thoroughfare

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English[edit]

Alternative forms[edit]

Etymology[edit]

Middle English thurghfare, corresponding to through +‎ fare. Compare Old English þurhfaran (to go through, go over, traverse, pierce, pass through, pass beyond, transcend, penetrate). Compare also Old English þurhfær (inner secret place), German Durchfahrt (passage through, thoroughfare).

Pronunciation[edit]

Noun[edit]

thoroughfare (plural thoroughfares)

  1. (now rare except in phrases) A passage; a way through.
    • 1961, Frederic Morton, The Rothschilds, p. 173:
      “I ask you,” cried Lloyd George in 1909. “Are we to have all the ways of reform, financial and social, blocked simply by a notice board: ‘No thoroughfare. By order of Nathanial Rothschild’?”
    • 1974, John Le Carré, Tinker, Tailor, Soldier, Spy:
      In the scullery Smiley had once more checked his thoroughfare, shoved some deck-chairs aside, and pinned a string to the mangle to guide him because he saw badly in the dark.
  2. A road open at both ends or connecting one area with another; a highway or main street.
    • 1841, Charles Dickens, Barnaby Rudge:
      a dozen houses were quickly blazing, including those of Sir John Fielding and two other justices, and four in Holborn – one of the greatest thoroughfares in London – which were all burning at the same time, and burned until they went out of themselves, for the people cut the engine hose, and would not suffer the firemen to play upon the flames.
    • 1918, W. B. Maxwell, chapter 7, The Mirror and the Lamp:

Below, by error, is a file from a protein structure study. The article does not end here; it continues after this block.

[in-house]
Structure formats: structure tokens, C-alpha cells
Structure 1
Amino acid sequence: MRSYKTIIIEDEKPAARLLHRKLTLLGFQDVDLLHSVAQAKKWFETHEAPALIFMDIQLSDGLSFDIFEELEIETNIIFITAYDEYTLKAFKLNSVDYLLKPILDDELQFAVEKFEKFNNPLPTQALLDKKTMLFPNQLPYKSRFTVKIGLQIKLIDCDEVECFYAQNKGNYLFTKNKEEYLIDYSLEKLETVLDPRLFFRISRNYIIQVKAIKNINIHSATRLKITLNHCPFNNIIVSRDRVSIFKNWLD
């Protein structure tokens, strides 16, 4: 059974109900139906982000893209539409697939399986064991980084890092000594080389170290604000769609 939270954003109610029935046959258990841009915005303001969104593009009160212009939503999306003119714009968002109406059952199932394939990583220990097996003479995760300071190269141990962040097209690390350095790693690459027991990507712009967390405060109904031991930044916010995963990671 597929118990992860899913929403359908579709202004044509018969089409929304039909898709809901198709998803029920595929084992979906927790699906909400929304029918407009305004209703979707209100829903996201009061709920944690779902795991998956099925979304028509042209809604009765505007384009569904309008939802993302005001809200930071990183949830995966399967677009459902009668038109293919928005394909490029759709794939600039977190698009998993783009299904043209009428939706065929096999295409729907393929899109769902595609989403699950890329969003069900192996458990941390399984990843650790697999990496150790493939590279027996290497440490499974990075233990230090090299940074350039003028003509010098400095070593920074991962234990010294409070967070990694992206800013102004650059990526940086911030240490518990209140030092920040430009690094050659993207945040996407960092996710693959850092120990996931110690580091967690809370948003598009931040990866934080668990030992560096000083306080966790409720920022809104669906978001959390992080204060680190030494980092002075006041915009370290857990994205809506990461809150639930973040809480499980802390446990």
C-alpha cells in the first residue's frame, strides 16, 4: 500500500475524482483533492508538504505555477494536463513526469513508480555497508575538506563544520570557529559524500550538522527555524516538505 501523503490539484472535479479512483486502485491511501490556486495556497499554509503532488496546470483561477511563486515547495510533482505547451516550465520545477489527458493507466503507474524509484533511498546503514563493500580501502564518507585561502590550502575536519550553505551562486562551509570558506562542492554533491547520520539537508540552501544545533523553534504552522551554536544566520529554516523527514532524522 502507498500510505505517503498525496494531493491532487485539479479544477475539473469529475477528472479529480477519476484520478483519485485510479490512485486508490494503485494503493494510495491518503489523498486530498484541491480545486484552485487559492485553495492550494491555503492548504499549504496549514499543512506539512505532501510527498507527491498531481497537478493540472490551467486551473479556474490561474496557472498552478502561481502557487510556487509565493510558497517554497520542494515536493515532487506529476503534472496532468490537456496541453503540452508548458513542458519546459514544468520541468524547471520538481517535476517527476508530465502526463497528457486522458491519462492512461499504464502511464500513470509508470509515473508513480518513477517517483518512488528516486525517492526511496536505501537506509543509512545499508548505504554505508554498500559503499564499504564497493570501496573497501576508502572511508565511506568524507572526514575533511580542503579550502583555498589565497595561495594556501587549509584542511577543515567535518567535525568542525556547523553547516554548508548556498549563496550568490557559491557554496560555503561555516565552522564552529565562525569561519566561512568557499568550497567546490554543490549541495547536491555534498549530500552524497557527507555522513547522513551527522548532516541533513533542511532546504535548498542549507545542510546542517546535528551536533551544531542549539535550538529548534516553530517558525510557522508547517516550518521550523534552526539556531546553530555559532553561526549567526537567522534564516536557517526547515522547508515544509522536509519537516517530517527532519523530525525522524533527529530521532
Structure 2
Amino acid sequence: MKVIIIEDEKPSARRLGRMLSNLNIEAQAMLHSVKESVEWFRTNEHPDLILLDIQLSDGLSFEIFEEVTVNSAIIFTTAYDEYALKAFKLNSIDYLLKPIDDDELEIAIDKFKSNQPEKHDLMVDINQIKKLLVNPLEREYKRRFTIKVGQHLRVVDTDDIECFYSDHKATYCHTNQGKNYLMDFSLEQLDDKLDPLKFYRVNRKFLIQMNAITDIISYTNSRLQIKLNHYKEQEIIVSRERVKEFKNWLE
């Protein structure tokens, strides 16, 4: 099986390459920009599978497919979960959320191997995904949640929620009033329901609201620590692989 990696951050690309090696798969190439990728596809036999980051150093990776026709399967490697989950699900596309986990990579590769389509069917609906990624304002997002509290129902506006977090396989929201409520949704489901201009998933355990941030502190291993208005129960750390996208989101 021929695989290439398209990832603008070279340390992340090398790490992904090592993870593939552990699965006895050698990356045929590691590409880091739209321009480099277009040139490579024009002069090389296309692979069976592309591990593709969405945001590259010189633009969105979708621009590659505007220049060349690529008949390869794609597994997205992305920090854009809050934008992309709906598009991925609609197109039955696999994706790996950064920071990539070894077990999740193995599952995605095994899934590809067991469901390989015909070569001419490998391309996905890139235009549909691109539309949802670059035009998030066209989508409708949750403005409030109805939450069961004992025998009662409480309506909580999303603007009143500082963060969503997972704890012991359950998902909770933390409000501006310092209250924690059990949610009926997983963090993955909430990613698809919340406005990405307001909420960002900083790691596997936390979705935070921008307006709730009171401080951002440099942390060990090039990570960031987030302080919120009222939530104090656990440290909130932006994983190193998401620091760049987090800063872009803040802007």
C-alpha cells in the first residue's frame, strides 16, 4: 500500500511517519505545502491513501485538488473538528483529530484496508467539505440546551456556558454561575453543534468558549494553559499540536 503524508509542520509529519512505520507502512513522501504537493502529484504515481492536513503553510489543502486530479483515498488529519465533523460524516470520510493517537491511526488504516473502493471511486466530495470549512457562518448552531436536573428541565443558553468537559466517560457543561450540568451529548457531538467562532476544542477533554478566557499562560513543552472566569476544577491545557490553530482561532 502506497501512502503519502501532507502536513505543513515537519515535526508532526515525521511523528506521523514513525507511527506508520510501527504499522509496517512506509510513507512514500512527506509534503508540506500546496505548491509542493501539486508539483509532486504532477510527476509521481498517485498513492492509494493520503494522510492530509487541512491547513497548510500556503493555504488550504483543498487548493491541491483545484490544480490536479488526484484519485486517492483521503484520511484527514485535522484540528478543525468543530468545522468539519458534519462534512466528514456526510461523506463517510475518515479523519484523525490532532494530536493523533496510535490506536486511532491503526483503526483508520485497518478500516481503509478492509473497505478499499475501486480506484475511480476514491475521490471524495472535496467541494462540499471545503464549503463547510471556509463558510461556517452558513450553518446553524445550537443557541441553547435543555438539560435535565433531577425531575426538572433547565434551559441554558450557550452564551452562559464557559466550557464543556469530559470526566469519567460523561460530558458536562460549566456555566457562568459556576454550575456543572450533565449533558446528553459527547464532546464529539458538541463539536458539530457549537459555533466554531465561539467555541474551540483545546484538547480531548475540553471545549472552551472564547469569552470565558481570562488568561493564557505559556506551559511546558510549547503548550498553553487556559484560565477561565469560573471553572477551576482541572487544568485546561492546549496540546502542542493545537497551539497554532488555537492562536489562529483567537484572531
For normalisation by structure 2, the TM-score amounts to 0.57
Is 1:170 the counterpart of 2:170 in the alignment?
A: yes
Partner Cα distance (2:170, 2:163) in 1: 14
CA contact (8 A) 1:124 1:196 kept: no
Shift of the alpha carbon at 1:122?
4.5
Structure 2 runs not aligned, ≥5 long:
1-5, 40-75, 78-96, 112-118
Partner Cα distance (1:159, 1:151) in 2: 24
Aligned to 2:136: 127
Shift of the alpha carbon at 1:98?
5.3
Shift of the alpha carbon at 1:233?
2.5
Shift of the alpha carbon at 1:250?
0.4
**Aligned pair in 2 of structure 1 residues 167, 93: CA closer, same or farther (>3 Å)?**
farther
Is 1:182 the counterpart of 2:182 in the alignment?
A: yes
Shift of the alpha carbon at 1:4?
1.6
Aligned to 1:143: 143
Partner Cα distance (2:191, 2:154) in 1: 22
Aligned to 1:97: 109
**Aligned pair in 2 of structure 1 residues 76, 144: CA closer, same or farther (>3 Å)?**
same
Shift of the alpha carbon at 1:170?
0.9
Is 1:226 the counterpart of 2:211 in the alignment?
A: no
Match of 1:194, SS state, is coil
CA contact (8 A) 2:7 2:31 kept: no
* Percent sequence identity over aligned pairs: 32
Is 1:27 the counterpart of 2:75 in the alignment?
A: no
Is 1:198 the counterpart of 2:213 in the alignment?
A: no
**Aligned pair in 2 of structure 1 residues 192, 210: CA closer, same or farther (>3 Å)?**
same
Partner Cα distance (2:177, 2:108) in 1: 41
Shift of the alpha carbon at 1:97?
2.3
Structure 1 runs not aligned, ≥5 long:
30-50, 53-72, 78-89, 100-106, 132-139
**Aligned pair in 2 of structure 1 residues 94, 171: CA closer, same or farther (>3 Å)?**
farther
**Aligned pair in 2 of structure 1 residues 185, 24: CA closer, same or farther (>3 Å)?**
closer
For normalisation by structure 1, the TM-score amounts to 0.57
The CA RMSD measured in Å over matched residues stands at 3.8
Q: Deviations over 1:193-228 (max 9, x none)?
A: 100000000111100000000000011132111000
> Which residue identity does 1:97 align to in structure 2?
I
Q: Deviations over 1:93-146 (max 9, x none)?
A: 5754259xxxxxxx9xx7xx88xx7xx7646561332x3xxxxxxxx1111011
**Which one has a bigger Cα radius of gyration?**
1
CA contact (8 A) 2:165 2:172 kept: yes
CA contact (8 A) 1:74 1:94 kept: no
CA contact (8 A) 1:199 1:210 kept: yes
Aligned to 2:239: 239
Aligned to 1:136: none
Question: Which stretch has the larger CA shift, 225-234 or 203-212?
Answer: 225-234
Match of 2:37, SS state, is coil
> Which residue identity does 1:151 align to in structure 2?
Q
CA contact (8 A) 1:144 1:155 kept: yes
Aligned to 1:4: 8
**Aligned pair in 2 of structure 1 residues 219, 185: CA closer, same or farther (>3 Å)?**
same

With some of it on the south and more of it on the north of the great main thoroughfare that connects Aldgate and the East India Docks, St. Bede's at this period of its history was perhaps the poorest and most miserable parish in the East End of London.
    • 2011, Stephen Phelan, The Guardian, 1 Jul 2011:
      Local art is now a viable industry, and hundreds of islanders make a living in it. The thoroughfare of Oneroa village is lined with shops and galleries full of their work.
  3. (obsolete) The act of going through; passage; travel, transit.
    • 1667, John Milton, Paradise Lost, Book X:
      and made one realm, / Hell and this world, one realm, one continent / Of easy thorough-fare.
    • 1819, Washington Irving, The Sketch Book, Roscoe:
      Mr. Roscoe, on the contrary, has claimed none of the accorded privileges of talent. He has shut himself up in no garden of thought, no elysium of fancy; but has gone forth into the highways and thoroughfares of life; [] .
  4. An unobstructed waterway allowing passage for ships.

Translations[edit]